Serological surveys have been widely used in South-East Asia to determine the presence and activity of arboviruses. The haemagglutination-inhibition test has been most frequently employed but complement-fixation and neutralization tests have also been used in some investigations.Although virus isolations provide the most conclusive evidence, they can be carried out in a few specialized centres only, and serological surveys are very important for studying the distribution of arboviruses.The surveys have shown that group B arboviruses (principally all four types of dengue, Japanese encephalitis, and West Nile) are widely prevalent. Dengue and Japanese encephalitis viruses are more widespread than West Nile virus, which was not known previously to extend east of India although recent survyes have shown that its range extends to Burma. Japanese encephalitis is frequent in most of South-East Asia but in India is found mainly in eastern and south-eastern parts of the country. Kyasanur Forest disease (KFD) and Langat viruses are the only tick-borne group B arboviruses definitely known to occur in the region, the former in India, the latter in Malaysia. KFD virus has been isolated only from a small focus in Mysore, although human and animal sera containing neutralizing antibodies to this virus have been found sporadically in widely scattered areas. Among the group A arboviruses, chikungunya and Sindbis have been detected in serological surveys, but the former has not yet been found in Malaysia.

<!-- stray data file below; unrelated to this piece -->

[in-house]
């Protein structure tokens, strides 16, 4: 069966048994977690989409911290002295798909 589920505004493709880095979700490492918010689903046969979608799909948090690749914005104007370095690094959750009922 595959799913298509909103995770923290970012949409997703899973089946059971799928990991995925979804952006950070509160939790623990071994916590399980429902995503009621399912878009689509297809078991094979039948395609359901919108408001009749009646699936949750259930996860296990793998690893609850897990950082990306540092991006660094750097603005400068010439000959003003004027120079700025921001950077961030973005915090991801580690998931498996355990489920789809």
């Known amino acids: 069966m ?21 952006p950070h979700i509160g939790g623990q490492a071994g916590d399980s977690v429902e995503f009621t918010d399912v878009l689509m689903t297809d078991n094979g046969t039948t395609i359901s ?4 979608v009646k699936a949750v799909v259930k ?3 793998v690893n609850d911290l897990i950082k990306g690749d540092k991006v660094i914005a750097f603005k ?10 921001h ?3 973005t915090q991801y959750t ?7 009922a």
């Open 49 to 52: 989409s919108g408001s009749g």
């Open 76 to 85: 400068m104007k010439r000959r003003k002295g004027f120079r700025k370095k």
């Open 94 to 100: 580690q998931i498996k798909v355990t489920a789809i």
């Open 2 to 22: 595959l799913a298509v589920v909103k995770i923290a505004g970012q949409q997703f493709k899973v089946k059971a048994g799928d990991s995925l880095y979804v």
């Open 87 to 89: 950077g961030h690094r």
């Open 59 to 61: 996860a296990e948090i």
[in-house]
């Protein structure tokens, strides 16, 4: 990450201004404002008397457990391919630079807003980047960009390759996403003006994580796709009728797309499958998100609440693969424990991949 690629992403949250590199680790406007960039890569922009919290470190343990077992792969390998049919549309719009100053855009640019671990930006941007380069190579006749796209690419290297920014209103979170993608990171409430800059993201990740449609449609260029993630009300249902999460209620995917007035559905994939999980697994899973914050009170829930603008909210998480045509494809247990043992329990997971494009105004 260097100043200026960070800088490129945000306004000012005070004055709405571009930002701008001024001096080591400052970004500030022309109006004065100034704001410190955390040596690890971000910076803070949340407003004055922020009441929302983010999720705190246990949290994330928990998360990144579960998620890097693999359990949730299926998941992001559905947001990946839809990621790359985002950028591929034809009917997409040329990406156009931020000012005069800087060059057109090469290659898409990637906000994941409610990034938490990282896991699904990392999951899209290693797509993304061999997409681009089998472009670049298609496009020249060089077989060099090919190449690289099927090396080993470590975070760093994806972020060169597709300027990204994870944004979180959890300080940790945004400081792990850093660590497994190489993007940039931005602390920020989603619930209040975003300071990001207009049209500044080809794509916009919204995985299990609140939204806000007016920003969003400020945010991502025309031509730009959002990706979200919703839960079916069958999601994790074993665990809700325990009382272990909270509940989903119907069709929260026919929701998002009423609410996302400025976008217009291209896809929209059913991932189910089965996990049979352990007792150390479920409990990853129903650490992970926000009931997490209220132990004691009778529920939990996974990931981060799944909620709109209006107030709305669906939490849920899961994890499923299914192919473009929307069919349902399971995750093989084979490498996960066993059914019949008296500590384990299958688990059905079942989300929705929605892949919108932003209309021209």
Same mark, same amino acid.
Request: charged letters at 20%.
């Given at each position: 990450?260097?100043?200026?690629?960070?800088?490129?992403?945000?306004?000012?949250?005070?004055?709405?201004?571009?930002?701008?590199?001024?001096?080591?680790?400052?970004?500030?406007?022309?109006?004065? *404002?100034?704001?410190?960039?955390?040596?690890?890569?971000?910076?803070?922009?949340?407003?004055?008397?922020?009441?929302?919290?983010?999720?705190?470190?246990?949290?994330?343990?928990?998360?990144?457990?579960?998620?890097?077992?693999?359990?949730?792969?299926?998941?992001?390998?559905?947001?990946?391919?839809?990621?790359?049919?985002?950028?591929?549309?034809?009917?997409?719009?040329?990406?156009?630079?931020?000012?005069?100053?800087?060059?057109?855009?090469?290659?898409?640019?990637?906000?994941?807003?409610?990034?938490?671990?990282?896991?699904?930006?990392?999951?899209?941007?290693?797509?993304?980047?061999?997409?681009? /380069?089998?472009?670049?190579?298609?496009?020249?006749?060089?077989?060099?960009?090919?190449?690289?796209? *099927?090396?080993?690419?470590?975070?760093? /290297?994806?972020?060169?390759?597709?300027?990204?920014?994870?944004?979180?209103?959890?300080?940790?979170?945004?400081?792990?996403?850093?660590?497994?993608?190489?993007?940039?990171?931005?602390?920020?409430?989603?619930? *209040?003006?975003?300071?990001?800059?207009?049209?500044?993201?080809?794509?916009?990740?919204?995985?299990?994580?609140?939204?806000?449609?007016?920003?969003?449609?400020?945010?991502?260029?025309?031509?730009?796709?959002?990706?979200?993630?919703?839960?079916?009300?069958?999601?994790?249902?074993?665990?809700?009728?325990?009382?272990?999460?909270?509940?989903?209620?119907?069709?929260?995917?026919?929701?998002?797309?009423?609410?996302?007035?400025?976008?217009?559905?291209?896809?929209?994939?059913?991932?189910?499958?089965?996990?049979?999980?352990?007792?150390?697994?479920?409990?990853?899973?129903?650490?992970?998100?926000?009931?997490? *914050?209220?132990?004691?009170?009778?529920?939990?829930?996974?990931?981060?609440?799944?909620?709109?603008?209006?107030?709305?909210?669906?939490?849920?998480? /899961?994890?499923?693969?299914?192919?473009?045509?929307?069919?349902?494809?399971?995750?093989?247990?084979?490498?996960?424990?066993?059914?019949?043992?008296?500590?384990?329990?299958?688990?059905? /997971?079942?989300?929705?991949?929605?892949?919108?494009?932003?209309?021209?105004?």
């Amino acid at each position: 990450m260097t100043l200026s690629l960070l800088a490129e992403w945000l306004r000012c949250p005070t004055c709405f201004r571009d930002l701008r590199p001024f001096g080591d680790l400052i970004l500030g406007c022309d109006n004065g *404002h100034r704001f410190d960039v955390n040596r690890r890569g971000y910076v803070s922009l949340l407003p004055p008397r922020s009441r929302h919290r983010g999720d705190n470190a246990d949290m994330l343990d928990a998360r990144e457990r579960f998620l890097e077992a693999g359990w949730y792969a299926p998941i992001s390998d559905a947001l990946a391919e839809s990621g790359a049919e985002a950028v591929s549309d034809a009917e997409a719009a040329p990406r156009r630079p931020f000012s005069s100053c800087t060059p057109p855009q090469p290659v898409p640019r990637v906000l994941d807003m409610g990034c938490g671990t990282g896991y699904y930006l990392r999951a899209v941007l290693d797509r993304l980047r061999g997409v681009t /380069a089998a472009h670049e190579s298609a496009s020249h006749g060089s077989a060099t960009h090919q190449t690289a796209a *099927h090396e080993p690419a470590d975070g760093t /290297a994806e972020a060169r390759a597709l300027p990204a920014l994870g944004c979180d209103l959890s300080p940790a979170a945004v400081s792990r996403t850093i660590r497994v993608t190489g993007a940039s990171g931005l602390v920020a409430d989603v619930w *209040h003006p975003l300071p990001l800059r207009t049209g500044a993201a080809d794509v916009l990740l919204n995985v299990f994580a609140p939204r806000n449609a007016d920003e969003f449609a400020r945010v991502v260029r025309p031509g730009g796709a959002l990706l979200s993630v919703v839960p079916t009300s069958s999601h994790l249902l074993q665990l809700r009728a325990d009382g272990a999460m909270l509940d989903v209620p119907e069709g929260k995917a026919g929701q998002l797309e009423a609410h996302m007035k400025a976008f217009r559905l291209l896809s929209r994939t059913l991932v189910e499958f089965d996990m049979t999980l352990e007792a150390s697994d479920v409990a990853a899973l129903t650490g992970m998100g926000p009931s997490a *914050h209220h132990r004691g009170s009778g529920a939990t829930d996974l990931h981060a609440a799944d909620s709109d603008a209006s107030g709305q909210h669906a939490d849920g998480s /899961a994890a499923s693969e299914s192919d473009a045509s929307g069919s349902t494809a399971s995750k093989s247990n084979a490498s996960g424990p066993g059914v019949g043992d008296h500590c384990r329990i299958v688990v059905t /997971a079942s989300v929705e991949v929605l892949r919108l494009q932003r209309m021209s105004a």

Measurements of child growth have become the most accepted means of assessing the protein-calorie nutritional status of economically developing populations. International reference standards have been suggested for a number of body measurements, but there has been little evaluation of their applicability in South-East Asia.In order to delineate the present range of nutritional standards in West Malaysia, and to aid in the development of guidelines for further nutritional work in this region, anthropometric tests were made on 3 groups of children below school age belonging to the Malay ethnic group and living under diverse conditions. Children of Malaysian Army personnel differed significantly in most measurements from rural village children in Trengganu and children from a small urban elite in Kuala Lumpur. Measurements for the latter group approximated to internationally used standards of height and weight. Parental height data suggest that these differences are not primarily genetic. Anaemia, malaria, and ascariasis were common among the Trengganu children.Weight and height emerge as the measurements that are most sensitive in differentiating between the groups; arm circumferences and skinfold measurements are also useful because they are relatively independent of age. Measurement of chest and head circumferences and of crown-rump lengths appeared to be of little value.